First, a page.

1610 Santa Fe founded by Pedro de Peralta; Santa Fe has been a seat of government longer than any other US state capitol.

1620 Plymouth Colony is established by the Pilgrims.

1625 The Fiestas of Santa Fe began as an annual event in celebration of La Conquistadora, the oldest Madonna image in New Mexico.

1638 New Mexican governor Luis de Rosas runs a textile shop employing both Native American and Hispanic weavers.

1680 The Great Pueblo Revolt. This revolt marked a turning point in New Mexico's history, as the Pueblo peoples sought to rid the area of Spanish control. For the following 12 years, the Spanish abandoned the upper Rio Grande area. The effects of nearly one century of Spanish domination had already affected the arts and life styles of the Pueblo people.

1692 NM is recolonized by Don Diego de Vargas.

1723 Annual Trade Fairs established by royal decree at the Pueblos of Taos and Pecos.

1749 Birth of Pedro Antonio Fresquis, the first documented New Mexican-born Santero.

1760 The military chapel of Our Lady of Light, La Castrence, is built on the Plaza in Santa Fe. The reredos carved from local stone is one of the most important artworks of Colonial New Mexico. The great altar screen now adorns the Church of Cristo Rey on Canyon Road.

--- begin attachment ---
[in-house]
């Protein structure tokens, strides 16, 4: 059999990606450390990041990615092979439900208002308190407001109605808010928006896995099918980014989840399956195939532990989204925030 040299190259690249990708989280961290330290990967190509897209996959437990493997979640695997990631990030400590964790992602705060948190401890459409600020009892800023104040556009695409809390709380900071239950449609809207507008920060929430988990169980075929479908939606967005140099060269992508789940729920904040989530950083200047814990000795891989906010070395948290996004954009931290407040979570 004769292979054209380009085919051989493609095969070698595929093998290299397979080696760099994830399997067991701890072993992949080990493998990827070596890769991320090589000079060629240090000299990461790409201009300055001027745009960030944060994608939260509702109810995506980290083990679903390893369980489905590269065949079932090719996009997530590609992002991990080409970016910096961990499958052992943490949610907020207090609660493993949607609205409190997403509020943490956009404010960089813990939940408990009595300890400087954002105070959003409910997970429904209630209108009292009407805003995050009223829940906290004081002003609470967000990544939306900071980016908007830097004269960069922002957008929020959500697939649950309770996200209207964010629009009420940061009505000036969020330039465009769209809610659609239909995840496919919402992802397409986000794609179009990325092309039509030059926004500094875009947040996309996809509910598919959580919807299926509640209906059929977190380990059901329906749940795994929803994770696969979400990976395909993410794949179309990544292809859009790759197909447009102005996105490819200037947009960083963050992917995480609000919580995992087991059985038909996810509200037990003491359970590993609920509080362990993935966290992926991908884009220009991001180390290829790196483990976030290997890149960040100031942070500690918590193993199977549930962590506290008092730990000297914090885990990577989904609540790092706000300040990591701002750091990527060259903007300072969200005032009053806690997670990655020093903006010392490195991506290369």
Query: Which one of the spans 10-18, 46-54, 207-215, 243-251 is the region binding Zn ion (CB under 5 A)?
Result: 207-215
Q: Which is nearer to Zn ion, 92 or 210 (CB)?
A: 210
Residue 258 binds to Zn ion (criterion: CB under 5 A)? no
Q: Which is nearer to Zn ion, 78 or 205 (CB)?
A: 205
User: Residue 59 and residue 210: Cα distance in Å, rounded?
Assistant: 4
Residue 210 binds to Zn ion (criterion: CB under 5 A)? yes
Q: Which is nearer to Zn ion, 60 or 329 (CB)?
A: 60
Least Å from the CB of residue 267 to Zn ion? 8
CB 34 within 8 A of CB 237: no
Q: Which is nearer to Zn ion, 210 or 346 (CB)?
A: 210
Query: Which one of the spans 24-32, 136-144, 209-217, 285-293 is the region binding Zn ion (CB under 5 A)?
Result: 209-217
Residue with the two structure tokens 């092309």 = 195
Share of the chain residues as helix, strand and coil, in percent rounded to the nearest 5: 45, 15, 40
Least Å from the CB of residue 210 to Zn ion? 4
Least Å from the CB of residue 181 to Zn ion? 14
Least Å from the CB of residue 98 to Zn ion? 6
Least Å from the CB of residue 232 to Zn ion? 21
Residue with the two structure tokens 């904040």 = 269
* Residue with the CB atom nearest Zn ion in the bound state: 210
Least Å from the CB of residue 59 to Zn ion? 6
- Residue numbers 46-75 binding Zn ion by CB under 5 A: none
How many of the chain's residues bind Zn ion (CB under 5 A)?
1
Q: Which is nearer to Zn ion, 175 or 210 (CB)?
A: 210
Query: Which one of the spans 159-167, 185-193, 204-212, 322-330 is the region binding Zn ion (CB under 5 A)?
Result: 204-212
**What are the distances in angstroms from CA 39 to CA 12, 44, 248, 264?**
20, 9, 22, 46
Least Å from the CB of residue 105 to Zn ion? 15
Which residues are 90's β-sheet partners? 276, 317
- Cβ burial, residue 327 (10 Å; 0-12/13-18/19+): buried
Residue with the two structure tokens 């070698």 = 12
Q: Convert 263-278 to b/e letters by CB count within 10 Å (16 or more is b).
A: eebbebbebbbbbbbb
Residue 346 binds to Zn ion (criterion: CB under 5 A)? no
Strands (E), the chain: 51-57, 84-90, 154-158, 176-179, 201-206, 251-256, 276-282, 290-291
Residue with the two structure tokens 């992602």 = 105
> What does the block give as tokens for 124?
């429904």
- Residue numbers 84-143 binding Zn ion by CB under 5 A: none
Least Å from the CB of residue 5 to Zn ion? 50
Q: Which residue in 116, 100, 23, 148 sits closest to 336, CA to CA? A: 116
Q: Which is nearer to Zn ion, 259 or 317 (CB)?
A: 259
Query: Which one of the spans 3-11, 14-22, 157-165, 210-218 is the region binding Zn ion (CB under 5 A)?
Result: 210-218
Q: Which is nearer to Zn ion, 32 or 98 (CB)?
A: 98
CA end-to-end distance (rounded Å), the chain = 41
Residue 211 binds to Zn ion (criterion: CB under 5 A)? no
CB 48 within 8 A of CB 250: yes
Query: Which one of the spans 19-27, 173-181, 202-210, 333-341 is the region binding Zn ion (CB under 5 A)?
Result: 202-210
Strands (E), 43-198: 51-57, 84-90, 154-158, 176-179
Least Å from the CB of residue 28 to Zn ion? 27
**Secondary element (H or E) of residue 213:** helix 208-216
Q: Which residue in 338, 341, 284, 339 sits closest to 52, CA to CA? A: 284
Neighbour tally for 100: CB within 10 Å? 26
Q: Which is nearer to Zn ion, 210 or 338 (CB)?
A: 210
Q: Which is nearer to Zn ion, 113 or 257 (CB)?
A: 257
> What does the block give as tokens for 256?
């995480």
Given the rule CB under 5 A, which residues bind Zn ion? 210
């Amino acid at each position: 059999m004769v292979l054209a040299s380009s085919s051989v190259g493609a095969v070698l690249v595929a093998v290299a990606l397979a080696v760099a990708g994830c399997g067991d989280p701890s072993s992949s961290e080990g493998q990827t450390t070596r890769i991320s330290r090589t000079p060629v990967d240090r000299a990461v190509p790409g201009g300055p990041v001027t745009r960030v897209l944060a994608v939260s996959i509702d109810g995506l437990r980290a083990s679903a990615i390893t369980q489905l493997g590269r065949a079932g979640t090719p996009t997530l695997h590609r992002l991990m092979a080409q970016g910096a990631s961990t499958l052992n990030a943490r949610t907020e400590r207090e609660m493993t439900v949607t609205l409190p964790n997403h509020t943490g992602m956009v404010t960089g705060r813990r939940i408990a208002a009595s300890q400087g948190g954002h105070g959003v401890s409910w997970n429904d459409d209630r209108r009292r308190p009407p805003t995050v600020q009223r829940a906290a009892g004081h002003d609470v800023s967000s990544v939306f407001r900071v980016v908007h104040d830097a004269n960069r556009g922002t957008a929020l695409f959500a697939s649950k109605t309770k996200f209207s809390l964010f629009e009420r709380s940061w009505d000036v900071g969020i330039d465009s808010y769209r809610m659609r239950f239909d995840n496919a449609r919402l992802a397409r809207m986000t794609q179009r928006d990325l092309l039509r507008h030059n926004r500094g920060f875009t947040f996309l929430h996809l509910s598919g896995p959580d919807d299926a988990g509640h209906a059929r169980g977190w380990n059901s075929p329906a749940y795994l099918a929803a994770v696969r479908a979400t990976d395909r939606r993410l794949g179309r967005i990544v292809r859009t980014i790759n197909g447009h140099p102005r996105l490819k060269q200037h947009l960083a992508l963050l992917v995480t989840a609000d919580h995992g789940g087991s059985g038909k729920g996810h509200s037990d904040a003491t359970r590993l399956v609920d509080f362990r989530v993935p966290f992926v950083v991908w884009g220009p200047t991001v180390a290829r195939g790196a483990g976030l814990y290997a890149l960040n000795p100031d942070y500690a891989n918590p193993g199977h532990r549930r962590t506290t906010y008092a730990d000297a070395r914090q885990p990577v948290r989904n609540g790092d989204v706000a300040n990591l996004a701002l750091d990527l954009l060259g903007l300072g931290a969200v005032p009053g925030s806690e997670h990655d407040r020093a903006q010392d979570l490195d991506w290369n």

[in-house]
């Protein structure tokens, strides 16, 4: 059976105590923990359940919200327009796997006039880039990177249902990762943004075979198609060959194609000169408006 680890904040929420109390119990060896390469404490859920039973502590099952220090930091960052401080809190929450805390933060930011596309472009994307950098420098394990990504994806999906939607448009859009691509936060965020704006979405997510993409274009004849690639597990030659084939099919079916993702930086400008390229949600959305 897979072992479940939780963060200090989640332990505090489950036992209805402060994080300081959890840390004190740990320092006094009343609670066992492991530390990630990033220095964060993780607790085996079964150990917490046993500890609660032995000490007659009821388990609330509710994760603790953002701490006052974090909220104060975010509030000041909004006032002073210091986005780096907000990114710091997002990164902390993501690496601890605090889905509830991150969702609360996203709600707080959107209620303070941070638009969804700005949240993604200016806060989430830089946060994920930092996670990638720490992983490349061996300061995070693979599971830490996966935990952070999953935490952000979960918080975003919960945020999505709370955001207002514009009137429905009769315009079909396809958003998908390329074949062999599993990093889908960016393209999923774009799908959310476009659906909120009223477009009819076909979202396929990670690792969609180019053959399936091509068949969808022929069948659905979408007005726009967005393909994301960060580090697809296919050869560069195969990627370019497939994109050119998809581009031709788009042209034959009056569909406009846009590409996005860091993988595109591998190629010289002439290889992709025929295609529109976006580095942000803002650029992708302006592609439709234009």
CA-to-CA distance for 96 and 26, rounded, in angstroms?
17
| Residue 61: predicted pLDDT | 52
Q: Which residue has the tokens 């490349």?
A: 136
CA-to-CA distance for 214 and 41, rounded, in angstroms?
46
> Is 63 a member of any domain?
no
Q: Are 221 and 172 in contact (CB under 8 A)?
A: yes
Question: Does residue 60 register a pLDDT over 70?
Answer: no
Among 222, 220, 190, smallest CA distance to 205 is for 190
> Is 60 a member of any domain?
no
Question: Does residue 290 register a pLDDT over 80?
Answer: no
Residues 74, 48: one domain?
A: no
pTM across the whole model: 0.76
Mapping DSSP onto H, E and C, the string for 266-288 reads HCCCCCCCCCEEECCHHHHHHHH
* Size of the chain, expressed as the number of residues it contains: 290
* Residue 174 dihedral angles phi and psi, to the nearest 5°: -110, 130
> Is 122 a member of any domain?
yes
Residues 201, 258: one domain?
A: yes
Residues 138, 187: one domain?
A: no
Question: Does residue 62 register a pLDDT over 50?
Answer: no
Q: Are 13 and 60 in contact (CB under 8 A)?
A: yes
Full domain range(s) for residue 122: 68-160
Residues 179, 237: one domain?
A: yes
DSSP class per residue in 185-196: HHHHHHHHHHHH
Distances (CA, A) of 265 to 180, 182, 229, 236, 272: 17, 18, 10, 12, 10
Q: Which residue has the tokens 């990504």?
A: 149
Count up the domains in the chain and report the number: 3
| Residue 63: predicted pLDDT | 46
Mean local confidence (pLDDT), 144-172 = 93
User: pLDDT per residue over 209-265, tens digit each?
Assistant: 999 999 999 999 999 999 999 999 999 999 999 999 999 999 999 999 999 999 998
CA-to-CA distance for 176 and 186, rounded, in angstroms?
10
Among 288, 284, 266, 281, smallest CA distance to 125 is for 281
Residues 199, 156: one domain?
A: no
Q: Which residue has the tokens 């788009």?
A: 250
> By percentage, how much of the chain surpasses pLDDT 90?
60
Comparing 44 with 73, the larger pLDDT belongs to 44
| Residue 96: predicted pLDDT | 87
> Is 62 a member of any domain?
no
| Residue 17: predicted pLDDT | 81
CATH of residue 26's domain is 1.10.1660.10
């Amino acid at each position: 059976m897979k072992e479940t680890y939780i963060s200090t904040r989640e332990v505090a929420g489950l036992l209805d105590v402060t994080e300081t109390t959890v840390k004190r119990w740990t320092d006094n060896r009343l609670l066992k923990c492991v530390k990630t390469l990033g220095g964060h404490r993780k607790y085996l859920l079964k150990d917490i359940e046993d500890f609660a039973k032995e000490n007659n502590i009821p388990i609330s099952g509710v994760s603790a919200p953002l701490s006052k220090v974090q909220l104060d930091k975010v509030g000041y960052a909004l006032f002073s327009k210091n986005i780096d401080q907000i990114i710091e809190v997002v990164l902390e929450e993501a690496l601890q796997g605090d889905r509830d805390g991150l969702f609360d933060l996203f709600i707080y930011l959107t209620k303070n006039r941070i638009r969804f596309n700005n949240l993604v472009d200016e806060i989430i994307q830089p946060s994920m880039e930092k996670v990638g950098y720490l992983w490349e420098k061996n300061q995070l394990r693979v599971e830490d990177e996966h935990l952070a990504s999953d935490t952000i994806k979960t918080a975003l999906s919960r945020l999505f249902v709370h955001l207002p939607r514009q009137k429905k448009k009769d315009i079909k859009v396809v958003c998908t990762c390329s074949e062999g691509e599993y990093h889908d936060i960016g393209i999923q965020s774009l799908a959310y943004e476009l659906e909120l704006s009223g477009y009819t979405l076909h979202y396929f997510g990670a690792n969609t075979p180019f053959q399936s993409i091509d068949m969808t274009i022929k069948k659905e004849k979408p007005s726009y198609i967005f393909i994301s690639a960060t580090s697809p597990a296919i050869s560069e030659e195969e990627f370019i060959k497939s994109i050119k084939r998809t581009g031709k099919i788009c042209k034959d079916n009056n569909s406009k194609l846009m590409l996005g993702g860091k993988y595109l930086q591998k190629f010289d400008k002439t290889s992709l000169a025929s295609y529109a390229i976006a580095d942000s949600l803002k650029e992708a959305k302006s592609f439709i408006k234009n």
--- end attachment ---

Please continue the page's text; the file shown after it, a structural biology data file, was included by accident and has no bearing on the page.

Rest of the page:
1776 The Santuario de Nuestra Senora de Guadalupe is dedicated in Santa Fe. American colonies gain independence from England.

1790 Colonial census of New Mexico indicates a thriving textile industry.

1796 Birth of Jose Rafael Aragon, considered the greatest and most prolific New Mexican Santero.

1798–1802 Altar screens in churches of San Miguel de Santa Fe, San Francisco de Santa Fe, and the churches of Zia, Acoma and Laguna Pueblos are painted by an anonymous Santero known as the Laguna Santero.

1806 Lt Zebulon Pike writes that artisans in NM are producing a variety of copper wares.

1807 The Bazan brothers, master weavers from Mexico are brought to New Mexico to improve weaving quality.

1821 First Santa Fe Trail wagon trains from Franklin, Missouri reach Santa Fe. The opening of the Trail would have tremendous impact on New Mexican arts.

1826 First report of a tinsmith in New Mexico.